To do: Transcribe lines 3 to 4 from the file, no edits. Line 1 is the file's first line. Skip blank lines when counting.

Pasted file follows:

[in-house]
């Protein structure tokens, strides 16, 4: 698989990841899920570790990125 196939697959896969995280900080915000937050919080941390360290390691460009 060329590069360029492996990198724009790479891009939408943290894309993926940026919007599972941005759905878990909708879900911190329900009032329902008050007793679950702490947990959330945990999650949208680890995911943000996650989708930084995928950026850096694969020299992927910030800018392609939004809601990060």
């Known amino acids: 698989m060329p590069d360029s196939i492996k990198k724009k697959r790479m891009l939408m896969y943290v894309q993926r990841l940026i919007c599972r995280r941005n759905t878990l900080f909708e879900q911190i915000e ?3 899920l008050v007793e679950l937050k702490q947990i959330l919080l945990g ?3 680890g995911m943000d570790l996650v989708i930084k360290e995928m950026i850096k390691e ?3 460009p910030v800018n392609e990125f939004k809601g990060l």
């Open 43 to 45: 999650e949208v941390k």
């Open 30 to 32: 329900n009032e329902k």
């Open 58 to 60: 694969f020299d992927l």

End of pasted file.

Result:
């Known amino acids: 698989m060329p590069d360029s196939i492996k990198k724009k697959r790479m891009l939408m896969y943290v894309q993926r990841l940026i919007c599972r995280r941005n759905t878990l900080f909708e879900q911190i915000e ?3 899920l008050v007793e679950l937050k702490q947990i959330l919080l945990g ?3 680890g995911m943000d570790l996650v989708i930084k360290e995928m950026i850096k390691e ?3 460009p910030v800018n392609e990125f939004k809601g990060l």
């Open 43 to 45: 999650e949208v941390k």